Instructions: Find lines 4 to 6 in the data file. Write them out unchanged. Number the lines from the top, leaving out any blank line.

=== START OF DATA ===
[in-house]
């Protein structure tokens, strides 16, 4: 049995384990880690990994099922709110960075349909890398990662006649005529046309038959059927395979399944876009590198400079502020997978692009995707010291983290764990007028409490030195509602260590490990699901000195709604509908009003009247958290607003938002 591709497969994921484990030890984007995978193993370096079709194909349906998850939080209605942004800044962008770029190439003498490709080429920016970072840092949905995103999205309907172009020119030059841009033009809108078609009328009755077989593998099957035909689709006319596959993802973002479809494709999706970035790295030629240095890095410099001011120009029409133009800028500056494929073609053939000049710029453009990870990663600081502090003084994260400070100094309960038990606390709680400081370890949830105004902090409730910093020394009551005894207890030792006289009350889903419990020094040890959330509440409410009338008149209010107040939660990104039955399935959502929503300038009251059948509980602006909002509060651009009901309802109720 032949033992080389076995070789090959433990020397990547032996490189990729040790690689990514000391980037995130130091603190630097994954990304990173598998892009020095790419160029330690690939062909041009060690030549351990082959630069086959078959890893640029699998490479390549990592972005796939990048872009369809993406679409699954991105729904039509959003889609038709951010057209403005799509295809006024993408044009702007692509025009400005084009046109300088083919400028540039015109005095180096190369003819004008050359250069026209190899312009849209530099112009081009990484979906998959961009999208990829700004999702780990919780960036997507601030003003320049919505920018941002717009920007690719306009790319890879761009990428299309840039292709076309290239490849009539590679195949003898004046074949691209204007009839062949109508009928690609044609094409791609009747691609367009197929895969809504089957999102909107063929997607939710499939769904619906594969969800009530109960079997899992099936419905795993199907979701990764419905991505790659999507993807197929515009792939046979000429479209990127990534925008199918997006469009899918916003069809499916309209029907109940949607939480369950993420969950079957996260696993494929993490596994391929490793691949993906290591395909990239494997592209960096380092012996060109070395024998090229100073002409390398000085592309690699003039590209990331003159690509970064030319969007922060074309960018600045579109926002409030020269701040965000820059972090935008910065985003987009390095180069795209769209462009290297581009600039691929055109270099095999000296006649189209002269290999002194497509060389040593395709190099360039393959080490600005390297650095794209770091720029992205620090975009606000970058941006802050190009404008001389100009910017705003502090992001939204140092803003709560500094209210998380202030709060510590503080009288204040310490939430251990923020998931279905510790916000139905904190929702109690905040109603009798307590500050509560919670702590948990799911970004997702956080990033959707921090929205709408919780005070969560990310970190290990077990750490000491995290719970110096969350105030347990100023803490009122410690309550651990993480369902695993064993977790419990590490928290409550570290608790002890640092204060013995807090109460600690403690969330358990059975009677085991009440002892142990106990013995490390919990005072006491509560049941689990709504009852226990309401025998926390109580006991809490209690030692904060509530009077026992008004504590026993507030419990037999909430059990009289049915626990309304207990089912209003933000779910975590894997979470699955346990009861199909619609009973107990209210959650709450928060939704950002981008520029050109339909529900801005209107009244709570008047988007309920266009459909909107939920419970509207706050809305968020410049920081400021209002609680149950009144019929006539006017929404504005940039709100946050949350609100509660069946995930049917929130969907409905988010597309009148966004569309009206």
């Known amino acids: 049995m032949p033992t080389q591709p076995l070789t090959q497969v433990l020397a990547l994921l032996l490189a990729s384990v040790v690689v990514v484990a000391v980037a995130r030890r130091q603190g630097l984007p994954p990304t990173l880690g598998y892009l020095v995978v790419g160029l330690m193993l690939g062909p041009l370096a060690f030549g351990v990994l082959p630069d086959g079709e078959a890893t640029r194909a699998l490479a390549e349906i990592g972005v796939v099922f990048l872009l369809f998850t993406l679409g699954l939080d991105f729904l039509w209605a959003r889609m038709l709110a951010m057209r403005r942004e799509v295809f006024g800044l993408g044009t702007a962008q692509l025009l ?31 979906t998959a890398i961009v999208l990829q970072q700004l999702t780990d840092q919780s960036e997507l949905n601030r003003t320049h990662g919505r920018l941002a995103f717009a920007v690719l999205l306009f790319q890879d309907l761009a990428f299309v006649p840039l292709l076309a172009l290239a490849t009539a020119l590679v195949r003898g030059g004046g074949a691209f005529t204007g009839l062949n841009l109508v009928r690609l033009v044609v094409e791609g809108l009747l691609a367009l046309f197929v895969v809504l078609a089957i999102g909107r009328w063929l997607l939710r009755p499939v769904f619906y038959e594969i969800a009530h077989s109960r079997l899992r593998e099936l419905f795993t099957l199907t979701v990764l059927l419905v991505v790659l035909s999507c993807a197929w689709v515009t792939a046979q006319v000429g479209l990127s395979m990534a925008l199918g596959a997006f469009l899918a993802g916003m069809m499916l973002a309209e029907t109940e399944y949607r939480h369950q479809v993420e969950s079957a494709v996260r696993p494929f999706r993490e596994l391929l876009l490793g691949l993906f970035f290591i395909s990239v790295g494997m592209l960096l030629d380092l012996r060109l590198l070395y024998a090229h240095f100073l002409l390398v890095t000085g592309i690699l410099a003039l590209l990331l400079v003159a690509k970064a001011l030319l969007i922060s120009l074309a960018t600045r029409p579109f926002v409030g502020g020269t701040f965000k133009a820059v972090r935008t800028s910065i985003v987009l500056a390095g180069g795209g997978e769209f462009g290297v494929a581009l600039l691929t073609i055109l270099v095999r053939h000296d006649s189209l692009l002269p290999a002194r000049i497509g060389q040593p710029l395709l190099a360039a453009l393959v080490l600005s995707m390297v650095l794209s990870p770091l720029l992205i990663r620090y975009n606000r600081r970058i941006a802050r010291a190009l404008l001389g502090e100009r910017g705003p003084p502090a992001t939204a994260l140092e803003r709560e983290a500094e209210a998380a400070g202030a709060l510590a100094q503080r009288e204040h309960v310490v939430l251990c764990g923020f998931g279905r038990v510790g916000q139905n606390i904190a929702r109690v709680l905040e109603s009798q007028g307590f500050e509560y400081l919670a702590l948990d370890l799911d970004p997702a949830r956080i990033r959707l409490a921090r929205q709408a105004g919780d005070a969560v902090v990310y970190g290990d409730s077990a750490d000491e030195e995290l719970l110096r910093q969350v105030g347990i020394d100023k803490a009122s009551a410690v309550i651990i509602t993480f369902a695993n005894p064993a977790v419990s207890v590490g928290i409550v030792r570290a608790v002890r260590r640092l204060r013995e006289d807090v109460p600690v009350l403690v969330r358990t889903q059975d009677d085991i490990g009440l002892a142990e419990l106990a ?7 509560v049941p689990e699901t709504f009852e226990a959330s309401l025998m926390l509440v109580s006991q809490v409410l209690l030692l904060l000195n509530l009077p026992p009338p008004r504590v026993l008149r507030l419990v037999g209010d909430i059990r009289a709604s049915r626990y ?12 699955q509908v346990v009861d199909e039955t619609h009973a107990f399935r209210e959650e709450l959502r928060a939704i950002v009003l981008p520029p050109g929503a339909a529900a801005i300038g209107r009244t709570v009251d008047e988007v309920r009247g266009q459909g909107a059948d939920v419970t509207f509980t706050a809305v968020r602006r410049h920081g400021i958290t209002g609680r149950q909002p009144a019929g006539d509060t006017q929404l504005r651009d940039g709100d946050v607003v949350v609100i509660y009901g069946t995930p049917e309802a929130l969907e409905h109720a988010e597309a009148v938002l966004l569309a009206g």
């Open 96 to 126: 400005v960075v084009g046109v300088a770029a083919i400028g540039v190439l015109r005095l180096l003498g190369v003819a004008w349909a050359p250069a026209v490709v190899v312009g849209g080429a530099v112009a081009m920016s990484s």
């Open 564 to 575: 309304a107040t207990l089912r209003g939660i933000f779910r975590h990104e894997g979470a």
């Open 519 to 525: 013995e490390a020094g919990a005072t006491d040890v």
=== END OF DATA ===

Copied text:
């Open 96 to 126: 400005v960075v084009g046109v300088a770029a083919i400028g540039v190439l015109r005095l180096l003498g190369v003819a004008w349909a050359p250069a026209v490709v190899v312009g849209g080429a530099v112009a081009m920016s990484s």
């Open 564 to 575: 309304a107040t207990l089912r209003g939660i933000f779910r975590h990104e894997g979470a």
């Open 519 to 525: 013995e490390a020094g919990a005072t006491d040890v």